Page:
NHANES III identified 39,695 persons for sampling, of whom 33,994 were interviewed and 30,818 attended the mobile examination center [National Center for Health Statistics (NCHS) 1996]. Dentate individuals who were ≥ 13 years of age and who lacked medical contraindications (n = 28,059) were eligible for periodontal assessments (Westat, Inc. 1992). For the present study, we were interested in adult periodontal disease and included only participants ≥ 18 years of age (n = 17,752). Among these, we excluded participants who had no periodontal assessment or a partial assessment (n = 3,347) or invalid laboratory measurements of urine Cd (n = 912) or of serum cotinine (a biomarker of exposure to ETS; n = 1,555). We further excluded pregnant (n = 264) and breast-feeding women (n = 100) to avoid the effects of increased bone remodeling and also transient changes to periodontal tissues during these periods (Kalkwarf and Specker 2002; Laine 2002; Sowers 1996). Overall, our study population included 11,412 participants.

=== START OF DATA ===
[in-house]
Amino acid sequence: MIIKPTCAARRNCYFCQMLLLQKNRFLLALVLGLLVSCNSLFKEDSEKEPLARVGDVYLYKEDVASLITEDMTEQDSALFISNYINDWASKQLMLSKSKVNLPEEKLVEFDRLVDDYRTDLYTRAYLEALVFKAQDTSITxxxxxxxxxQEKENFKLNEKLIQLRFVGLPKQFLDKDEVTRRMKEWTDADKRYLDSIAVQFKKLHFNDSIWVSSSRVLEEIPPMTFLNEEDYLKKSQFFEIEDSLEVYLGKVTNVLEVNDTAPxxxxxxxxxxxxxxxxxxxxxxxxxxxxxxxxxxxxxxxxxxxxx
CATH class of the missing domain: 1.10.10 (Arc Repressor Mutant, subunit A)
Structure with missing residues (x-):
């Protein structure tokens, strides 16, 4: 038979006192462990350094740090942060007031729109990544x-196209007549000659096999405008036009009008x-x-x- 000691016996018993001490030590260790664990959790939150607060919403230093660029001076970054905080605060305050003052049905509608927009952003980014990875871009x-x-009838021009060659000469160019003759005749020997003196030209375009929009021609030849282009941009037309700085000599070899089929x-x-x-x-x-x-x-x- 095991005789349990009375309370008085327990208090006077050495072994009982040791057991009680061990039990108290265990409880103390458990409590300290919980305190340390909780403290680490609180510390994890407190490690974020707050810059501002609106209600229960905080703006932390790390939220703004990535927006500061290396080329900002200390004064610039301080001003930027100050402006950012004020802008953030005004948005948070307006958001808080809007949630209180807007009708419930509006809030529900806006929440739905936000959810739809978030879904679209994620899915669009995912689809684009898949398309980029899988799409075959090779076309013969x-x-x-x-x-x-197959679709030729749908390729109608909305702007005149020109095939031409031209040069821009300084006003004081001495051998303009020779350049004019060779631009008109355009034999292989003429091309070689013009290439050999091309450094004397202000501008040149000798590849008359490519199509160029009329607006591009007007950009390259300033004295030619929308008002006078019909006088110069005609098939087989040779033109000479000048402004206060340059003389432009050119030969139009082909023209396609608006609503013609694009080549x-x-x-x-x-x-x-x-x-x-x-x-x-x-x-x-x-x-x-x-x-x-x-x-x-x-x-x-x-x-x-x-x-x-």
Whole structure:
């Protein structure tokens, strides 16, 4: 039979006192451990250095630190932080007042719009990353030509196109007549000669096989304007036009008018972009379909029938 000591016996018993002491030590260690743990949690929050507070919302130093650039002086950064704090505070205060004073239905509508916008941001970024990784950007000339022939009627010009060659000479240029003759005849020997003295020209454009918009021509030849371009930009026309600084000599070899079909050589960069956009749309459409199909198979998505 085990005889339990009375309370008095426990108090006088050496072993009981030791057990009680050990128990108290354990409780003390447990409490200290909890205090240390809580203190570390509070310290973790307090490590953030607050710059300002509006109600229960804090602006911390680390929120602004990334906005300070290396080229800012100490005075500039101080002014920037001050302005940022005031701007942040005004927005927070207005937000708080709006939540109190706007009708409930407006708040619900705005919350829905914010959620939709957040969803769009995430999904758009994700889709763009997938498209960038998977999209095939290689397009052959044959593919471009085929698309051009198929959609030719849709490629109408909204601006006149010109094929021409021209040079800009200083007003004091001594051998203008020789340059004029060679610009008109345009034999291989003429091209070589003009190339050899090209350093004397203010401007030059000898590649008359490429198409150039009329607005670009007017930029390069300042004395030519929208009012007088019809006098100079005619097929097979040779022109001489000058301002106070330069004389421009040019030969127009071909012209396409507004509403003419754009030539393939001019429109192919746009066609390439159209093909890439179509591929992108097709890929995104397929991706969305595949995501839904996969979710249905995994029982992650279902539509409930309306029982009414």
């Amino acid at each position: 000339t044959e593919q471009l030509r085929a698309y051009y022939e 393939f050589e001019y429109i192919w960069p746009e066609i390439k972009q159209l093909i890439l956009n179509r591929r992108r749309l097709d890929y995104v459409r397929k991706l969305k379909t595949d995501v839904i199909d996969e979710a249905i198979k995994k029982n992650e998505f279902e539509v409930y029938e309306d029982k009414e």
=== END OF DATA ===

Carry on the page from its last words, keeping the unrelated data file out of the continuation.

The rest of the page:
Urine Cd and creatinine measurements
Details of the urine collection and Cd analysis have been reported previously (Paschal et al. 2000). Briefly, during the physical examination, a 10-mL spot sample of urine was collected from survey participants. Cadmium was quantified by Zeeman effect graphite furnace atomic absorption spectrophotometry with a detection limit of approximately 0.01 ng/mL (NCHS 2006). Each sample was analyzed in duplicate, and mean measurements were reported. Specimens with Cd concentrations > 6 ng/mL were reanalyzed for confirmation (Paschal et al. 2000). We used creatinine-corrected urine Cd concentrations (micrograms Cd per gram of creatinine) in our analyses.
Figure and Tables